ENOUGH!!-A A +A
Tuesday, October 23, 2012
SHAME on our lawmakers, our senators and congressmen!! It had to take a businessman, Louis Biraogo, to file a case in the Supreme Court to try and enforce the constitutional prohibition against political dynasties.
Ever since it was ratified by the Filipino people in 1987, Section 26, Article II of the Constitution expressed its distaste against members of the same families holding elective offices in government simultaneously, or one after the other, for the purpose of perpetuating themselves in power and influence. Section 26 mandated that “The State shall guarantee equal access to opportunities for public service, and prohibits political dynasties as may be defined by law.”
It was a mistake for the delegates of the Con-Con to agree to include the phrase “as may be defined by law”. The Honorable Ladies and Gentlemen who are supposed to provide the law defining political dynasties are of course our senators and congressmen, the very last persons on earth who will deprive their wives, children, grandchildren and siblings from tasting and sharing political power. And so it was, and is, that up to today, a fourth of a century after the 1987 Constitution was passed, our public officials continue to snub the constitutional prohibition against political dynasties, through the simple expedient of not passing a law defining what it is.
What are the chances of the Supreme Court deciding in favour of Mr. Biraogo’s petition? The power to make the law defining a political dynasty lies exclusively with Congress. Because of the “separation of powers” principle, the Supreme Court cannot enact laws. They can only interpret the meaning of a constitutional provision or a law.
On the other hand, in several landmark cases, the High Court has ruled that there are certain provisions in the Constitution which do not need legislation to be implemented or invoked, that they are self-executing provisions. For example, Supreme Court has held that the directive in Article II, Section 16 referring to the right of the people to a balanced and healthful ecology does not need legislation for the citizen to invoke it in court.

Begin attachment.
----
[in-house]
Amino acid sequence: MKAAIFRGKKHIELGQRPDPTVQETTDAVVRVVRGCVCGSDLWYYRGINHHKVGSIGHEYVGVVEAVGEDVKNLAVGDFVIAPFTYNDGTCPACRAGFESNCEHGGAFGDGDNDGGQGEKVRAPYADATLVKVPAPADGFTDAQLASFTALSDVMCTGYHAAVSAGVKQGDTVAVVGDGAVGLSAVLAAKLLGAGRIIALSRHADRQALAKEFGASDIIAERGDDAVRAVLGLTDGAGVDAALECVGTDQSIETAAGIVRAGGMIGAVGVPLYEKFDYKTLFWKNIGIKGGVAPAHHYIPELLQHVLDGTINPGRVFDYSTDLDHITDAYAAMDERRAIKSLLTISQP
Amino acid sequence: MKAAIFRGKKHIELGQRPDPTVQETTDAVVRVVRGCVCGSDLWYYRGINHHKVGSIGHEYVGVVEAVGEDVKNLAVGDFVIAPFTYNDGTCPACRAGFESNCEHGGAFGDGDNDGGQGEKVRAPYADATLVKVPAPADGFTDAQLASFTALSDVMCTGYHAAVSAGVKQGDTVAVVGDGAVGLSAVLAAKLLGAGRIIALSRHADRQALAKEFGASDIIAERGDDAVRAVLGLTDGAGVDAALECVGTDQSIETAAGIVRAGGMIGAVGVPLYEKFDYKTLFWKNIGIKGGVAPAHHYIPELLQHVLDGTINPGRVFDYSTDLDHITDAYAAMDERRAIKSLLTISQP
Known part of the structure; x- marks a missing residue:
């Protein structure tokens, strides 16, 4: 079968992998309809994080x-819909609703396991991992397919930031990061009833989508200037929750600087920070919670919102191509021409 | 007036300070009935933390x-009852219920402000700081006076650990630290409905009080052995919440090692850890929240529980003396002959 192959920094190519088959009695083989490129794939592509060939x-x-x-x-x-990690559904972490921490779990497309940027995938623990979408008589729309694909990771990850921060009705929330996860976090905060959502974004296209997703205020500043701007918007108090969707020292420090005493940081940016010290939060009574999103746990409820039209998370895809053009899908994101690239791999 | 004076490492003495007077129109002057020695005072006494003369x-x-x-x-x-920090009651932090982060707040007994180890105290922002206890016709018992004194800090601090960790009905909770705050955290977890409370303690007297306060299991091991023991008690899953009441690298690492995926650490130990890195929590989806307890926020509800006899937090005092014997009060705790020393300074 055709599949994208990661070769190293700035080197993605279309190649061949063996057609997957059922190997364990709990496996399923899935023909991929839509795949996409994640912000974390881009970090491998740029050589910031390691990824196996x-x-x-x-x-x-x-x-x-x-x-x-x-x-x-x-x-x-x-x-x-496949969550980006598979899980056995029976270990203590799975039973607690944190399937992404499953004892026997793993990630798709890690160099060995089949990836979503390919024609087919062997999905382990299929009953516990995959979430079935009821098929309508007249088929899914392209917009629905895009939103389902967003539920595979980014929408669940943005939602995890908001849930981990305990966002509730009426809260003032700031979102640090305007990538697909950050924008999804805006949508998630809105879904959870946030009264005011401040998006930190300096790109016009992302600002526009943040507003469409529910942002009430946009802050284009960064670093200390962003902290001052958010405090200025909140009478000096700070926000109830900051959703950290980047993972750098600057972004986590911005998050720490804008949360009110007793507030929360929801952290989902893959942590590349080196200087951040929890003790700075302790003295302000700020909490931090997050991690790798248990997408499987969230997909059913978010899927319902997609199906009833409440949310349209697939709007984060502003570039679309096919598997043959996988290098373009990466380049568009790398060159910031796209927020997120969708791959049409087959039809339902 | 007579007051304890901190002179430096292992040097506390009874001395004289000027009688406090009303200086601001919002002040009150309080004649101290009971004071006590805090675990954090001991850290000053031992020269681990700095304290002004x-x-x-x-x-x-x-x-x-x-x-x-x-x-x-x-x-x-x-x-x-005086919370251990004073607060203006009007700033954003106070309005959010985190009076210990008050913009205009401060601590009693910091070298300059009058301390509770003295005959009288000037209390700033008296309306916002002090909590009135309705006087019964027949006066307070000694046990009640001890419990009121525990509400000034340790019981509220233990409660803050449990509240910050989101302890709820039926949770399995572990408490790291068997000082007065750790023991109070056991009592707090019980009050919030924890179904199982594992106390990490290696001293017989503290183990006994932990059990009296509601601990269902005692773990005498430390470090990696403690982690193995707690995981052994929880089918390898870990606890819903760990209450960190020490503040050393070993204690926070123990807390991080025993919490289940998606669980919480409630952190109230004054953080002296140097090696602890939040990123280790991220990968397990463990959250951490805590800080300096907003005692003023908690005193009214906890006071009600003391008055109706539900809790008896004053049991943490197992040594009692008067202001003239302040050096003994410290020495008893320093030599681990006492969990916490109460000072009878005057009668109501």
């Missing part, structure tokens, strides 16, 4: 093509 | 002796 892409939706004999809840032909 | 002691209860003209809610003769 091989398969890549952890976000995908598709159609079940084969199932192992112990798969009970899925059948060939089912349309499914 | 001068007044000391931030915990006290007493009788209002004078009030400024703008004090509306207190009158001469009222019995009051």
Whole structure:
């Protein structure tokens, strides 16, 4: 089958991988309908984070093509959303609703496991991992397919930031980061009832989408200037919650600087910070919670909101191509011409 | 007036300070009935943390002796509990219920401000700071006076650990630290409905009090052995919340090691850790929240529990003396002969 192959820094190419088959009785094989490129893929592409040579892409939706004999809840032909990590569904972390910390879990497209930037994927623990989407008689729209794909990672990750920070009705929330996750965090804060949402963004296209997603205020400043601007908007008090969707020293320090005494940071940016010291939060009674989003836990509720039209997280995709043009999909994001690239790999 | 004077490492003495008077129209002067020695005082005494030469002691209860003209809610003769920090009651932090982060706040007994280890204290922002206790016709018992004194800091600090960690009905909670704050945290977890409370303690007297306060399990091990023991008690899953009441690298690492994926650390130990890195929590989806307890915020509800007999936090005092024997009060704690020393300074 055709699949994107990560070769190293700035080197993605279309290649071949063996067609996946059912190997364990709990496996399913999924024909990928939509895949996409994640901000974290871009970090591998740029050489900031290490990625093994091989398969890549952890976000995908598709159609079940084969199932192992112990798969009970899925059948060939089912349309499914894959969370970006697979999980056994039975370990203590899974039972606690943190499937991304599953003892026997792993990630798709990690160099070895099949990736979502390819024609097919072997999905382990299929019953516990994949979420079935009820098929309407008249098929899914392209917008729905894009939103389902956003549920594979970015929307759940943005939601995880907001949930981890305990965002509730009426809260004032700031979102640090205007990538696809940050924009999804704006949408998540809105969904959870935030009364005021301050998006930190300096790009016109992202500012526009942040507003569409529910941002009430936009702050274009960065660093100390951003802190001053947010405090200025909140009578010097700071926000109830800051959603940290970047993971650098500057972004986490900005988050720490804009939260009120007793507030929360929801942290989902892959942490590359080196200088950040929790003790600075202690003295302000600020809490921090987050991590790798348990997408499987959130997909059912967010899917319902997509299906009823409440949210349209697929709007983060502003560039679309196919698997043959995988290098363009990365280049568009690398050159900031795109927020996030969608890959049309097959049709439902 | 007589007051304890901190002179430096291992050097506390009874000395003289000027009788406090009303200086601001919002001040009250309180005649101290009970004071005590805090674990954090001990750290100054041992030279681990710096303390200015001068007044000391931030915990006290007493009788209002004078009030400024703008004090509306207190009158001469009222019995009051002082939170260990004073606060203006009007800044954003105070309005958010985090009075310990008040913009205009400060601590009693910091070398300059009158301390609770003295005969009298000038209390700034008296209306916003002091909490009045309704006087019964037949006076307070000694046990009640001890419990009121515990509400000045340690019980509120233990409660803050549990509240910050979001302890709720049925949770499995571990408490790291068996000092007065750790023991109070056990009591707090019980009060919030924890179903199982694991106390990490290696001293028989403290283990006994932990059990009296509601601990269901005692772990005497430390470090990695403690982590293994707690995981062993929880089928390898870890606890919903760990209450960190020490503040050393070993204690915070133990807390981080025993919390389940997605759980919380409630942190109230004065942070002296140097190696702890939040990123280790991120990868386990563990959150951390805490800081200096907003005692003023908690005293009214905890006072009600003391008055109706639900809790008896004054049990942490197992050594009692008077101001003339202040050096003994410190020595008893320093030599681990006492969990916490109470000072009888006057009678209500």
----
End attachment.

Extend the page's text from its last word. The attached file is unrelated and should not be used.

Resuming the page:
The anti-political dynasty provision does have the phrase “as may be defined by law”, implying that the intention of the delegates was to require a law to be passed before it could be invoked. On the other hand, that kind of an interpretation may as well make Article II, Section 26 a “dead-letter” provision because Congress cannot be expected to pass a law defining it. Why should they? They (including their family members) are having too much of a good time without it. They have ignored it for 25 years. They can reasonably be expected to ignore it for another 25. That could not have been the intention of our Con-Con delegates.
I personally believe that our learned justices have more than enough authority and discretion to declare Section 26 as “self-executing” and that they have more than enough authority and discretion to define what a political dynasty is, if Congress adamantly refuses to perform that duty.
Twenty-five years of inaction by our legislators is insulting our Constitution enough. And what about the slap on the face they are giving us, the citizens, when Lolo, Anak, Asawa, Bayaw, Apo and Utod, from the basic political unit in the barangay up to the highest positions in the Executive and Legislative Departments all continue to insist that they are the only ones fit to govern this country of ours?
Published in the Sun.Star Bacolod newspaper on October 23, 2012.